As someone who left the support of family behind several years ago, the thought of ‘risk’ reminds me of Rajinikanth in Sivaji, just before the interval. Paying off an education loan, living on an NGO salary, “I am not going to ‘risk’ whatever little I can save,” I told myself assuredly. For years, I hadn’t even considered mutual funds as an investment. Or shares. Or debentures. Or bonds. Or gold. Or property. Or any of the various other ways in which you can invest your money.
As long as I was on a salary, financial planning was an afterthought.
The HR sends threatening emails in December/January asking for proof of something you claimed when you joined the company. You frantically gather the documents and send it to them two days after the deadline. Then you pray to all HR gods that they’ll accommodate your tardiness.
My education loan took care of any tax planning I might have been expected to do. So, my life back then was simple: Do your work, get paid, spend money before the 30th, get paid again, rinse, repeat, scramble to submit documents for two days in a year.
Life as a freelancer
Now, you’ll imagine what hit me when I began freelancing five years ago. I had 30 days’ worth of money in my bank account and no guarantee of any more money coming in, ever. This was new, and unsettling.
The uncertainty of not receiving a guaranteed monthly salary made me a hoarder — something I still can’t shake off.
I kept all my money, however much it was, in my savings account. I lived in perpetual worry that money will stop flowing in and I’ll need to dig into my savings. I did the only thing I knew to alleviate this worry — work hard and earn more.
Yet, I was so insecure that I would watch it like a baby: Every day, I would log into my bank accounts to make sure the money was there. I would write down my bank balance in my notebook. I would also write down how much new money came in each day. I would write down how much money I had in each form — money for work coming up, money for work-in-progress, money for work completed, pending invoices. etc. I still do monthly reviews to take stock of money in each stage.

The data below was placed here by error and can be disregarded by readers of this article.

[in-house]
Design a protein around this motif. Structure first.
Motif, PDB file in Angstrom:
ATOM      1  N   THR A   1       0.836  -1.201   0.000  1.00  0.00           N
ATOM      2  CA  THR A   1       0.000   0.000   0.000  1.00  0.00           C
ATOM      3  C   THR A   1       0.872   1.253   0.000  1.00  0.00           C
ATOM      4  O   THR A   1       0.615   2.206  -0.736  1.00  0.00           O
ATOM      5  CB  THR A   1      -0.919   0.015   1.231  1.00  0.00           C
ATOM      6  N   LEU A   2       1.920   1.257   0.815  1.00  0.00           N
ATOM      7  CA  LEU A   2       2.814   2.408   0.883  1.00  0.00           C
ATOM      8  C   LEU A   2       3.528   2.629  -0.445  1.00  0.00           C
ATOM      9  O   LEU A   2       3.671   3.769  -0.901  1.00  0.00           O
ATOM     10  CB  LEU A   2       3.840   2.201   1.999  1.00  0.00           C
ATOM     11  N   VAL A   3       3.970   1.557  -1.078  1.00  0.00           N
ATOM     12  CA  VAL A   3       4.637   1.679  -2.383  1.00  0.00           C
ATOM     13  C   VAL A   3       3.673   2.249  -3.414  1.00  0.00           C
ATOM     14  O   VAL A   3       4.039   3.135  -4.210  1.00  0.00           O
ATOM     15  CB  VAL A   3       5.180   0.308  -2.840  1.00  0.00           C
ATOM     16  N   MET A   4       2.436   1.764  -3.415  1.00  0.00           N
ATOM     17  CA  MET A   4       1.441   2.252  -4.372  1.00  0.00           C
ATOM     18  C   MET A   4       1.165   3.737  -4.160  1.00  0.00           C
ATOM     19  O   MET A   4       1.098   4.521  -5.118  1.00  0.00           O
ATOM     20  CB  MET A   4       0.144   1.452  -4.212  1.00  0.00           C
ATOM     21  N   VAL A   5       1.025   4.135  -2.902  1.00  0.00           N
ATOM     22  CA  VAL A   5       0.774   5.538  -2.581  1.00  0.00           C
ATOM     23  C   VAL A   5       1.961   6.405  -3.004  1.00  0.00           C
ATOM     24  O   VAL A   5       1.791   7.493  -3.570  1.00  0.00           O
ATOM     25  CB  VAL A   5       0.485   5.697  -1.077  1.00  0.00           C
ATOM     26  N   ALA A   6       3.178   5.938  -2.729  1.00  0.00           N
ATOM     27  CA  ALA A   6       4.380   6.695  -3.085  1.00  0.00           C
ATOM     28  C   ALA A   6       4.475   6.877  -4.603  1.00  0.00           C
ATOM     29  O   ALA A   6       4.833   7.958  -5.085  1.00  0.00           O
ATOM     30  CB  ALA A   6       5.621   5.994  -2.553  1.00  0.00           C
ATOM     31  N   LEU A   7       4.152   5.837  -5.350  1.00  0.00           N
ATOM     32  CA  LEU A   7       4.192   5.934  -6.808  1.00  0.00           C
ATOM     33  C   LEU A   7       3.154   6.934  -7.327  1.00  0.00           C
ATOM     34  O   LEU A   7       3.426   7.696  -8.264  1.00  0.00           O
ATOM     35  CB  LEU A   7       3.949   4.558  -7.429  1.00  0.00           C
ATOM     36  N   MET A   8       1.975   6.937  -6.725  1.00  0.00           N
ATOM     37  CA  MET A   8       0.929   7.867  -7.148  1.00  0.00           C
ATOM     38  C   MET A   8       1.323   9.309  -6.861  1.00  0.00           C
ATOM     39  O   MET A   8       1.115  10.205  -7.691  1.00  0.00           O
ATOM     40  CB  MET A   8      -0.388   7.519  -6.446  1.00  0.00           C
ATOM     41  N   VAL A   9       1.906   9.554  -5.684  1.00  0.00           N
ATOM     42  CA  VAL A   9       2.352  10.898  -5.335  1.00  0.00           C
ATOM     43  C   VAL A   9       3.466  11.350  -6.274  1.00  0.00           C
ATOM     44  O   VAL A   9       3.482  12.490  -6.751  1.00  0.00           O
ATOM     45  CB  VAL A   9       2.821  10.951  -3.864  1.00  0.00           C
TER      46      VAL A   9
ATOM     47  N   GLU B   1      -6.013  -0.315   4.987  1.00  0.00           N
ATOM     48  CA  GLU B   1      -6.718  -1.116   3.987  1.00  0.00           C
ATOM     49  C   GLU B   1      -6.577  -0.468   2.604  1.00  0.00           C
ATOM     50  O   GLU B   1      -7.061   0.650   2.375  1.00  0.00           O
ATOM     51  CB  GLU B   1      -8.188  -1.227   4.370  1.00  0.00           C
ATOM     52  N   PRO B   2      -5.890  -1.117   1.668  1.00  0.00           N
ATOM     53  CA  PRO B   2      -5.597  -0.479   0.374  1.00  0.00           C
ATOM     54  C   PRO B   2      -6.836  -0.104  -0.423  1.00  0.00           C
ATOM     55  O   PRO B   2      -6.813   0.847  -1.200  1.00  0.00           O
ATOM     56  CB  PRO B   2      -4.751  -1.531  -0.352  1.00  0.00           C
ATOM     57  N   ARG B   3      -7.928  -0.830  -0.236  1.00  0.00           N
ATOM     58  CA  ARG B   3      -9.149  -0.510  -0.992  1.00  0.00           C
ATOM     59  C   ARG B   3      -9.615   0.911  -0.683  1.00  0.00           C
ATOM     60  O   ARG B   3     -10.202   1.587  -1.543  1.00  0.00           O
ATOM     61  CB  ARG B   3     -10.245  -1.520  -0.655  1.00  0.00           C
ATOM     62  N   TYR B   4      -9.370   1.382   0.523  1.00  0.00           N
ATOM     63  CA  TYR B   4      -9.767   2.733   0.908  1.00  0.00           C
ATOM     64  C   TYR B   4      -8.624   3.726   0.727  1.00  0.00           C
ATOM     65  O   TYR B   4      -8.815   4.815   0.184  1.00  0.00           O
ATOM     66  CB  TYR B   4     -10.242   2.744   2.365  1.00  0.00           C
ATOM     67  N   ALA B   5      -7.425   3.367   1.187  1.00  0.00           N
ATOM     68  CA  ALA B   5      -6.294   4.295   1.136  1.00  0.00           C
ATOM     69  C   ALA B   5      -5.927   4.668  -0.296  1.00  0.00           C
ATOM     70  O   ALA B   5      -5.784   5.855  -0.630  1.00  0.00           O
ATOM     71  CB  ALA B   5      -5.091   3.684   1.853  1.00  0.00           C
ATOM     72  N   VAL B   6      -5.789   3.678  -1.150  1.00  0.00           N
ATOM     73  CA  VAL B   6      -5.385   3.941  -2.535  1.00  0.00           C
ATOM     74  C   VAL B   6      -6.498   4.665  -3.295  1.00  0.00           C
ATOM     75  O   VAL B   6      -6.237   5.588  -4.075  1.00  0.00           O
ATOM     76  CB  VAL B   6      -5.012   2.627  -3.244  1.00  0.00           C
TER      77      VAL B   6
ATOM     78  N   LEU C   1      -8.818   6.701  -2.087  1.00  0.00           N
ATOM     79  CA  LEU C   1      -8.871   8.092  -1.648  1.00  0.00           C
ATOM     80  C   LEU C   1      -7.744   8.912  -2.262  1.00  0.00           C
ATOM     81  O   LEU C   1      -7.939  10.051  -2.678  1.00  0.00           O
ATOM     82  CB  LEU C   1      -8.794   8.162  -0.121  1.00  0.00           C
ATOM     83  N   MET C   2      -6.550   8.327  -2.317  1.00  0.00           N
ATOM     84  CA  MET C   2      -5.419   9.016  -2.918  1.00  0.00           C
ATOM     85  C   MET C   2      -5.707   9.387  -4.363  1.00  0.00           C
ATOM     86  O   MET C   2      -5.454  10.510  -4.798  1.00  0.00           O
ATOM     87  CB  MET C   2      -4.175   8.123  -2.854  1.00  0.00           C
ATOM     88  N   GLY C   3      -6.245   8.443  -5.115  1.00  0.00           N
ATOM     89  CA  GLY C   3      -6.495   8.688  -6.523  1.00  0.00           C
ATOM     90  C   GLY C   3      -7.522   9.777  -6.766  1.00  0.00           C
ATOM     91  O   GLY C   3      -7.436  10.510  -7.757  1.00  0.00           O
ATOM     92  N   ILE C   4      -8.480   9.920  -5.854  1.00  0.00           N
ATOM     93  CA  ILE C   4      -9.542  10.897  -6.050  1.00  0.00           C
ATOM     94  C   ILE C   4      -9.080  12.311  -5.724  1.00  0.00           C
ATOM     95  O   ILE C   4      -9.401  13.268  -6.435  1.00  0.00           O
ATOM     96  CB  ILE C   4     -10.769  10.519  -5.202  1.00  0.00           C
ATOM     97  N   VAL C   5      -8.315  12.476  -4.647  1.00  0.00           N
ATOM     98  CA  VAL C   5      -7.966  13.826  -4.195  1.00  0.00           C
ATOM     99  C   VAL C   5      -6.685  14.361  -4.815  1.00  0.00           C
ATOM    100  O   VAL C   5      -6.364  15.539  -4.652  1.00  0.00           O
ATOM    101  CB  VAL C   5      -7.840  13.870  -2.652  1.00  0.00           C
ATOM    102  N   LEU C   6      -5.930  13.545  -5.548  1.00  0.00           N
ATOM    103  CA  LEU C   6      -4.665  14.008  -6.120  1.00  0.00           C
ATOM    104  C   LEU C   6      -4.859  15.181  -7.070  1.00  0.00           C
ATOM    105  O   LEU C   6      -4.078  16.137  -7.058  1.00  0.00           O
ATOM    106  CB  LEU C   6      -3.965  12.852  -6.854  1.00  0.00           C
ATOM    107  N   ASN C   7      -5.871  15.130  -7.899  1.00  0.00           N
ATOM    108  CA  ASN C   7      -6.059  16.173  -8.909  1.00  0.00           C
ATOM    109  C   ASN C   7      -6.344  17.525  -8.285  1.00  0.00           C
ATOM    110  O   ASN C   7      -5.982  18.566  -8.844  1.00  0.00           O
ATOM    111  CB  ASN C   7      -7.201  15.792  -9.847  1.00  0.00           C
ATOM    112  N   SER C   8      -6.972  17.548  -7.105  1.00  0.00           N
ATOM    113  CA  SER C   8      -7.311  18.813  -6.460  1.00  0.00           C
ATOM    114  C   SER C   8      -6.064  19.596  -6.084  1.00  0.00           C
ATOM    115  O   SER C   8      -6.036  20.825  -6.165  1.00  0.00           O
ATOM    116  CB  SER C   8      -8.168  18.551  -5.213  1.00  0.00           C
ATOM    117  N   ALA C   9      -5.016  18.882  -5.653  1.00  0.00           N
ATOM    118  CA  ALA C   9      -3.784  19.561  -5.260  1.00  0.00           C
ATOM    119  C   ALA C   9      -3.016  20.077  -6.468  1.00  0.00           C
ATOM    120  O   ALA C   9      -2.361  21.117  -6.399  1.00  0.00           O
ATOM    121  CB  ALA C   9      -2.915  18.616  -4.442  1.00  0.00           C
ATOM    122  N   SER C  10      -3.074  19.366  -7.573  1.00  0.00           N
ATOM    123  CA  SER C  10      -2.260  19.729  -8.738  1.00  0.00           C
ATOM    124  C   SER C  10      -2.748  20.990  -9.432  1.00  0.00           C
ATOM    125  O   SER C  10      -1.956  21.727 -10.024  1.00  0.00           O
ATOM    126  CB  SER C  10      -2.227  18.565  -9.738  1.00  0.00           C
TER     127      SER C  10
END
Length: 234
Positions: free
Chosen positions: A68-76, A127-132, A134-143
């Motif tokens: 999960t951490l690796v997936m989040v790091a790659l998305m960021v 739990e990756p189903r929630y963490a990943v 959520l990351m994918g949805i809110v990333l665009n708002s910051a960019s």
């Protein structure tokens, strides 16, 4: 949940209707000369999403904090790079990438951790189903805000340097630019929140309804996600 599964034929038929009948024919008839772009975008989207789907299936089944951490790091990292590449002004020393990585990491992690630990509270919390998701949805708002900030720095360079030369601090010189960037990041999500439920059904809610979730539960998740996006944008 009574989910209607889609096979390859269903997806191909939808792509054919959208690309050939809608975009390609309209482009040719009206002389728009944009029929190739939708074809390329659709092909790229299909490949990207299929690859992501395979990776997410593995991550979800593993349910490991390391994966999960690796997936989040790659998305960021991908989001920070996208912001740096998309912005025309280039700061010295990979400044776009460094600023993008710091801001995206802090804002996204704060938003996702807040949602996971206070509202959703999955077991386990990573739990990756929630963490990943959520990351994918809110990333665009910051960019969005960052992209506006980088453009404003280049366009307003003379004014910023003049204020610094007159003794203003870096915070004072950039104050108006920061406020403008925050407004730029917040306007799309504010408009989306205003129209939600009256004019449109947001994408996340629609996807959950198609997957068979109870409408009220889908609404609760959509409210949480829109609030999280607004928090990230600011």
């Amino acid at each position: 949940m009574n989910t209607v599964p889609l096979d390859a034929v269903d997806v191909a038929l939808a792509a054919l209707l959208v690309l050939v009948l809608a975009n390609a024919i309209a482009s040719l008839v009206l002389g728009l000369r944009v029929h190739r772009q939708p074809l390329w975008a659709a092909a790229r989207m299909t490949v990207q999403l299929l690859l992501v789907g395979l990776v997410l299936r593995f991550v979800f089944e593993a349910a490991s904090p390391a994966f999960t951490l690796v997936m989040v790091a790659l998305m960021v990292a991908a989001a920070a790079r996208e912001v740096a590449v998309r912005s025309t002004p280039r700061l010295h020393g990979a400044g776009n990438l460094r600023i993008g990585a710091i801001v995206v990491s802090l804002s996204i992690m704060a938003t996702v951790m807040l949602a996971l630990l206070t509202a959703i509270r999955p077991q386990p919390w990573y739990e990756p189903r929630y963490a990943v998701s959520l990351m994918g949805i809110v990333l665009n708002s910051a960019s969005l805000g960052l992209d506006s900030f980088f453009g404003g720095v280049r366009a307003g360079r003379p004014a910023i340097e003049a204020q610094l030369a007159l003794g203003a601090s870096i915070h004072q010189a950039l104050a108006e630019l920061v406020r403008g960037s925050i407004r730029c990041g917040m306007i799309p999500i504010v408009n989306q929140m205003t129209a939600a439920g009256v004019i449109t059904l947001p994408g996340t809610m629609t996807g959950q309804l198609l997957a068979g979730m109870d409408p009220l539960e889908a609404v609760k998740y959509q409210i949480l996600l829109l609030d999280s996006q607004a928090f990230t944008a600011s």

Understanding Cash Flow
I didn’t realize it at that time, but this habit was really the education I needed about cash flow. Seeing the bank statement every single day — contrary to what you’d believe — alleviated the paranoia of not having enough money, in case, work stops coming. I could see in black and white that even if I stopped making any money today, I could live comfortably for the next x months with the money I have.
“Treat!” leapt my heart. I held it by its ear and brought it back to ground before I began moving money in excess of Rs. AB into a flexible fixed deposit. While I realized that I had a little more money than I needed, I was still wary of not being able to reach for it when I need it. Even as I invested money in an FD, I wrote down the interest I’d earned, how much more than the savings account interest it would be and most of all — what is the penalty I would have to pay if I have to break it. Every month, I reminded myself of these amounts, writing down calculations by hand, in my book.